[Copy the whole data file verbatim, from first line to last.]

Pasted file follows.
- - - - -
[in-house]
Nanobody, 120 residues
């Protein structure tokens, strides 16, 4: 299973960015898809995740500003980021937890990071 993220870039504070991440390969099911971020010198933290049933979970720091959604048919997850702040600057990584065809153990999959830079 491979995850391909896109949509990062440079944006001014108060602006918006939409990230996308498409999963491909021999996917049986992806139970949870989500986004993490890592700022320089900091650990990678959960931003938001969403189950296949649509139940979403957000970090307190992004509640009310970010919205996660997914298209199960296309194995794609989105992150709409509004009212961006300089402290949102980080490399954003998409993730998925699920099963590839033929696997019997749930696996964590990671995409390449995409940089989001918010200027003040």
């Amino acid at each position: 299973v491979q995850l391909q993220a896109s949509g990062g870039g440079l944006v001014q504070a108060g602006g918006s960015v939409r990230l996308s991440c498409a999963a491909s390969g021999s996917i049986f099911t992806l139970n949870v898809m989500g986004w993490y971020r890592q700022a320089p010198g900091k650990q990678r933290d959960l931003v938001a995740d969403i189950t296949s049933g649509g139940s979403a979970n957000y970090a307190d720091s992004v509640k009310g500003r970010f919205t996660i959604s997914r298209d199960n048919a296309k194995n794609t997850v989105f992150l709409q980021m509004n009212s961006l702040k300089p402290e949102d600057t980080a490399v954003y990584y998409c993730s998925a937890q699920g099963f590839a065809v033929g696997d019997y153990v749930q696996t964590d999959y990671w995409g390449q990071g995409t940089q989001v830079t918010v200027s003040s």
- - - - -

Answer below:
[in-house]
Nanobody, 120 residues
């Protein structure tokens, strides 16, 4: 299973960015898809995740500003980021937890990071 993220870039504070991440390969099911971020010198933290049933979970720091959604048919997850702040600057990584065809153990999959830079 491979995850391909896109949509990062440079944006001014108060602006918006939409990230996308498409999963491909021999996917049986992806139970949870989500986004993490890592700022320089900091650990990678959960931003938001969403189950296949649509139940979403957000970090307190992004509640009310970010919205996660997914298209199960296309194995794609989105992150709409509004009212961006300089402290949102980080490399954003998409993730998925699920099963590839033929696997019997749930696996964590990671995409390449995409940089989001918010200027003040």
């Amino acid at each position: 299973v491979q995850l391909q993220a896109s949509g990062g870039g440079l944006v001014q504070a108060g602006g918006s960015v939409r990230l996308s991440c498409a999963a491909s390969g021999s996917i049986f099911t992806l139970n949870v898809m989500g986004w993490y971020r890592q700022a320089p010198g900091k650990q990678r933290d959960l931003v938001a995740d969403i189950t296949s049933g649509g139940s979403a979970n957000y970090a307190d720091s992004v509640k009310g500003r970010f919205t996660i959604s997914r298209d199960n048919a296309k194995n794609t997850v989105f992150l709409q980021m509004n009212s961006l702040k300089p402290e949102d600057t980080a490399v954003y990584y998409c993730s998925a937890q699920g099963f590839a065809v033929g696997d019997y153990v749930q696996t964590d999959y990671w995409g390449q990071g995409t940089q989001v830079t918010v200027s003040s």